Card Transaction Rules

January 7, 2019 | Debit Card Quick Alerts

Overview on Debit Card Adjudication and Substantiation Requirements

The Internal Revenue Service (IRS) regulations and other guidance applicable to healthcare benefit cards mandate that each and every electronic payment card payment must be adjudicated and properly substantiated and that only those transactions that fit squarely into very limited “auto adjudication” categories need no additional paper substantiation because they are self-substantiating by their very nature.

Click here to view a white paper from Alston & Bird LLP regarding the IRS Debit Card Substantiation Rules.

Below you will find the three categories that allow for “auto adjudication” 

I.I.A.S. Approval System

This Inventory Information Approval System (“IIAS”) System was added by Notice 2006-69. Under the IIAS, no additional substantiation is required if the retail merchant compares the item or items to a pre-determined list of covered expenses and restricts use of the card only to those items that fall on that list. Many plan sponsors and administrators are already using health care vendors to verify the transaction at the point of sale by comparing the item(s) to a pre-determined list; Notice 2006-69 simply confirms that this approach is permissible, and opens the door for use of the Card at non-health care merchants. To read more, please click here.

Co-Payment Matching

If the claim for a particular service matches a co-payment imposed for that service under your employers health plan in which the participant or dependent is participating, no substantiation other than the information in the electronic swipe is needed. For example, if your health plan in which the participant or dependent participate imposes a $15 co-pay for all physician office visits and there is a $15 payment to a physician, the plan may assume that such payment is for the co-payment under the health plan and thus no additional substantiation is required. The rule applies equally to pharmacy co-payments imposed by the plan. To read more, please click here.

Recurring Transactions

In situations where a claim has been previously approved, a subsequent electronic claim that is the same as the previously approved claim as to a) amount, b) provider, and c) time period (e.g., for prescription drug refills that occur on a regular basis at the same provider for the same amount) will not require additional substantiation. A recurring claim must be accompanied with paper substantiation if the subsequent claim is different as to any of the elements, e.g. provider. Practically speaking, very few claims will satisfy this auto-adjudication parameter. To read more, please click here.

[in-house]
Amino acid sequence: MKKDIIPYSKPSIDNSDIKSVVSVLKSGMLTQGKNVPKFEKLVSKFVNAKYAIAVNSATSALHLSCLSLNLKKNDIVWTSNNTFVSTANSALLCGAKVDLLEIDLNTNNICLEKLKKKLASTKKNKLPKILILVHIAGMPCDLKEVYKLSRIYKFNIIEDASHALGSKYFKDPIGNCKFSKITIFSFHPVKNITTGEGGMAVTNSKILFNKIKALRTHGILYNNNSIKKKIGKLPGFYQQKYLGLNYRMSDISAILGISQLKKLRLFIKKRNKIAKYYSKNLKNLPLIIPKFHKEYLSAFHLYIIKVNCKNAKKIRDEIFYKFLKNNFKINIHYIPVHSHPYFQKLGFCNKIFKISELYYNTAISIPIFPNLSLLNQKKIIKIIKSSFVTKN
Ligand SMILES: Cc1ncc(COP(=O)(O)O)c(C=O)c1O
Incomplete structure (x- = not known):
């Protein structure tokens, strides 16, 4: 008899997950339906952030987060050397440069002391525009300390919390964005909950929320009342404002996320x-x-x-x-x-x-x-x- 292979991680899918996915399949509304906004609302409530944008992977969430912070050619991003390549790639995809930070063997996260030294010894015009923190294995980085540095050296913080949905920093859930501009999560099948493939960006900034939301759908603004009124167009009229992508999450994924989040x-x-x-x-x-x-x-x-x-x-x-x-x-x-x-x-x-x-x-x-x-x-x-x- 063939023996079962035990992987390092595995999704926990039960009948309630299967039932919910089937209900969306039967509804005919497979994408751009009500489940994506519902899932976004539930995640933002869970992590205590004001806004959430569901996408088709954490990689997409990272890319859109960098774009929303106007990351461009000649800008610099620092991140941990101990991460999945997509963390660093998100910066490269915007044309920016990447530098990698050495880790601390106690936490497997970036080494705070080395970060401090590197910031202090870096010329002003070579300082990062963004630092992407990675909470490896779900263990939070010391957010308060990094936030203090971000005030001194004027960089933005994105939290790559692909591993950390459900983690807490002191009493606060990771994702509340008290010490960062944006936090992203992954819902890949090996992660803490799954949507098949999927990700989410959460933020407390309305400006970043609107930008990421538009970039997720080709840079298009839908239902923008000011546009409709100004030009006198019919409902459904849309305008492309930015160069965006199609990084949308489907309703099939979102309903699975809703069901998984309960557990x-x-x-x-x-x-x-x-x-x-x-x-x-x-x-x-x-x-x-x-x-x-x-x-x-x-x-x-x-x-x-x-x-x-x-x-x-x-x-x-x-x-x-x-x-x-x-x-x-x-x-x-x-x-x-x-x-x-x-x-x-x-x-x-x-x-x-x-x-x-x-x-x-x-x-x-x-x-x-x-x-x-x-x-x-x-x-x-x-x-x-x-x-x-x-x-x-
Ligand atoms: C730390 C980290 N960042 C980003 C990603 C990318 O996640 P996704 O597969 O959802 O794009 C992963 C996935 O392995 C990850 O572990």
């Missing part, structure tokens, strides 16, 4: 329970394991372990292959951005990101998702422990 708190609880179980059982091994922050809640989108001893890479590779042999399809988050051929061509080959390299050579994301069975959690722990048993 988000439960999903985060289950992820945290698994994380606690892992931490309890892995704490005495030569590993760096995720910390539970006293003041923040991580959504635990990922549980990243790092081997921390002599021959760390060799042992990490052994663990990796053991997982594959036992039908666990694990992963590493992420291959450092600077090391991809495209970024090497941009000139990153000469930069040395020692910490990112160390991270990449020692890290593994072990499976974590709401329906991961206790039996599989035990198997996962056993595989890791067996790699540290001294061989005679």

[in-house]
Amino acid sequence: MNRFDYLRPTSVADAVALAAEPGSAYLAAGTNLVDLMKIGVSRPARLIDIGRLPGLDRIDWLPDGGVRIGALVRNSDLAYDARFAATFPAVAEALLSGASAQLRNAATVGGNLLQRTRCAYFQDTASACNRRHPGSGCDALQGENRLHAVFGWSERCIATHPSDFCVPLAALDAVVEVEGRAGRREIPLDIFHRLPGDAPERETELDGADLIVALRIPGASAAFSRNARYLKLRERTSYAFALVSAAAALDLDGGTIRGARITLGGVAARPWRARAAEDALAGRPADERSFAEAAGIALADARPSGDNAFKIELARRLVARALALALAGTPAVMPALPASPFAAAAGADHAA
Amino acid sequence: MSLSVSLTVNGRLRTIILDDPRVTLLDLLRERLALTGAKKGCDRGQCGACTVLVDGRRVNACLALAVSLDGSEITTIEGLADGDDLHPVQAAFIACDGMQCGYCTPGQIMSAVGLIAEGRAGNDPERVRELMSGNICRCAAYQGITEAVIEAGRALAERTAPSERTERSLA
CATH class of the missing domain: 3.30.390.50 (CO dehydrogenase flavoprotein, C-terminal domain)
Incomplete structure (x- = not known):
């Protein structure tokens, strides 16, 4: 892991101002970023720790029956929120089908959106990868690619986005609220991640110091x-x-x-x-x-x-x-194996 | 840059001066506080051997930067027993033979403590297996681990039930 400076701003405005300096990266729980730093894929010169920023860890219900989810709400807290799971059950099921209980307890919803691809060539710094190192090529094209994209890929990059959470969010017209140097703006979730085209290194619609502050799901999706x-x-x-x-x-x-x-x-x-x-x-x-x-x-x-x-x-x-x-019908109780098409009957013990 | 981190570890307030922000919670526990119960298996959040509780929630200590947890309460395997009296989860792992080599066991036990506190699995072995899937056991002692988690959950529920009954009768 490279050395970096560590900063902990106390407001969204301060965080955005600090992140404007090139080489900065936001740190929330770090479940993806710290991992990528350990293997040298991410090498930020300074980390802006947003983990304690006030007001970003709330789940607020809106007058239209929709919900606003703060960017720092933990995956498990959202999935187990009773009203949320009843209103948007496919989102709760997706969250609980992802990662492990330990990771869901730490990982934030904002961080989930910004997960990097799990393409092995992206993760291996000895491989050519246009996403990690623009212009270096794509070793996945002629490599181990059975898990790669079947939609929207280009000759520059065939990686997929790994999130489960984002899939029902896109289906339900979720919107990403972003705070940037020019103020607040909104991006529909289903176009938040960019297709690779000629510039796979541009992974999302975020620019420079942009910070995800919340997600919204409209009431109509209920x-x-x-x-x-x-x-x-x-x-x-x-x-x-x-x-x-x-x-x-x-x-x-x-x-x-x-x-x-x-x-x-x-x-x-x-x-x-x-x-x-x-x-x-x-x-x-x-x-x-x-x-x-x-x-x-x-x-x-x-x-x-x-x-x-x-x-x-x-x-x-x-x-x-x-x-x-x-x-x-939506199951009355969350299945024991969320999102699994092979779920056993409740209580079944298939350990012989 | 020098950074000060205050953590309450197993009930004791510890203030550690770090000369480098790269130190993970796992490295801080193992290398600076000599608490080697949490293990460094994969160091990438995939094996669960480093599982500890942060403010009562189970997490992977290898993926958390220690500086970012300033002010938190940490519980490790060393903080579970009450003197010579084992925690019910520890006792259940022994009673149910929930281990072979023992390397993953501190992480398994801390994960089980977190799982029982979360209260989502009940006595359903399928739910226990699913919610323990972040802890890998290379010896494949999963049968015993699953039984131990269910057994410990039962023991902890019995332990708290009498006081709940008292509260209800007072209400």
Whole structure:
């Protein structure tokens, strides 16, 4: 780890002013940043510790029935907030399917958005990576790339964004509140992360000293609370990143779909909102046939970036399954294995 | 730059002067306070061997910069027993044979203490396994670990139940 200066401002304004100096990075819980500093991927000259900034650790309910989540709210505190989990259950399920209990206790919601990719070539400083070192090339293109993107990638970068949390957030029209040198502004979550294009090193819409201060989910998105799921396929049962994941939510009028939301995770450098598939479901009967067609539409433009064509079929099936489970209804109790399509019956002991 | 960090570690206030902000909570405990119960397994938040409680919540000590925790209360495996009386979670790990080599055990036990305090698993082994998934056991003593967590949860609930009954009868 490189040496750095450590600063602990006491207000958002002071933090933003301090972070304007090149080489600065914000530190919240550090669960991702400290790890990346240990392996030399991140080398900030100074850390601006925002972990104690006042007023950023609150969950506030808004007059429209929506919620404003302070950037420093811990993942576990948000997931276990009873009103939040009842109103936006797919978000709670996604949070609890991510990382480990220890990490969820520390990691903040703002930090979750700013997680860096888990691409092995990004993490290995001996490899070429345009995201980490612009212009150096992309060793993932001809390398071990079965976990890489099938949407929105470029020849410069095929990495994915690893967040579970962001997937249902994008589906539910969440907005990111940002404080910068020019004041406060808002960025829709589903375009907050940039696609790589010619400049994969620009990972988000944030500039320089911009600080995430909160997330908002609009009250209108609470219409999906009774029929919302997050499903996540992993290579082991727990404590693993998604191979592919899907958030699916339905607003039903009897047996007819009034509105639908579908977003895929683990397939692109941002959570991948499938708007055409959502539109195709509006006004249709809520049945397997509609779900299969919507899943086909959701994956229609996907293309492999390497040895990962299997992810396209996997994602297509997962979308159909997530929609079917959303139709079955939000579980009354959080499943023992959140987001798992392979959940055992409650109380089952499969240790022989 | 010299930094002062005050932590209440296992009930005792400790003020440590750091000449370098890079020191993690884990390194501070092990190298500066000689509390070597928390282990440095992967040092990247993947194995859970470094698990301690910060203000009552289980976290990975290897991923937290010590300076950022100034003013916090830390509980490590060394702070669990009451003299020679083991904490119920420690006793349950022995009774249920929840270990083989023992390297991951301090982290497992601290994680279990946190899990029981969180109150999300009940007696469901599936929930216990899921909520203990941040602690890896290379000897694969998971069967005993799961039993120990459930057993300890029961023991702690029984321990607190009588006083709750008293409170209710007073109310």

How to Resolve Card Transactions

Depending on which merchant, you may or may not be required to submit a claim form and EOB (or RX stub if it’s a prescription) to validate the swipe. Watch for emails from OCA that will indicate if supporting documentation needs to be submitted.

Debit Card FAQs

What is an IIAS?

Defined by the IRS, an Inventory Information Approval System (IIAS) is designed to allow only healthcare items to be bought with your benefit debit card when making purchases at non-healthcare locations such as wholesale clubs, discount stores and even pharmacies.

What is the benefit of an IIAS?

It is designed to allow only healthcare items to be purchased with the benefit debit card. The industry goal is to reduce or eliminate the need to send in receipts and documentation to your plan administrator when you make a purchase with your card while purchasing healthcare items at participating retailers.

How will your benefits debit card work at an IIAS retailer?

Based on settings chosen by the benefit administrator that administers your card, you may be allowed to purchase only healthcare items from certain retailers when you use your card. You may be asked by the retailer at the time of purchase to provide another form of payment to buy the remaining items that have been identified as non-healthcare items by the retailer. If a retailer such as a wholesale club, discount store or on-line merchant does not have an IIAS in place, your transaction may be denied. The IRS does not require locations such as doctor’s offices, labs, hospitals and pharmacies to have an IIAS to be in place and you can continue to use your benefits card at these locations, as allowed by your plan.

What is the difference between Pre-Auth and Force Post?

A card transaction has two parts. When you swipe your card at the time of your purchase, the merchant verifies your account for the amount being purchased and the approved purchase amount is subtracted from your account; this is called a pre-authorization. The Force Post is the second and final part of the transaction. This occurs when the merchant requests the dollar amount of the purchase and receives the money. Typically, the time span between the pre-auth and the Force Post is one or two business days.

What do I do with my card once I have used all of my available funds?

Your debit card is valid until the expiration date on the front of the card. You will be able to use the card again next year when you re-enroll in the plan.

My card was lost/stolen. How long before the new card will arrive?

Replacement cards should arrive within 10 business days.

What does “Pending” mean?

Requires you to submit corresponding receipt and/or itemized statement to your administrator. If this information is not received by the next statement date, the transaction will be recorded as ineligible.

Definition: Insufficient Documentation

The documentation provided is insufficient, please send an itemized receipt or additional information to your administrator.

Definition: Ineligible

Requires you to submit payment to your administrator as this transaction has been deemed to be ineligible.

Definition: Approved

Expense has been deemed eligible for disbursement.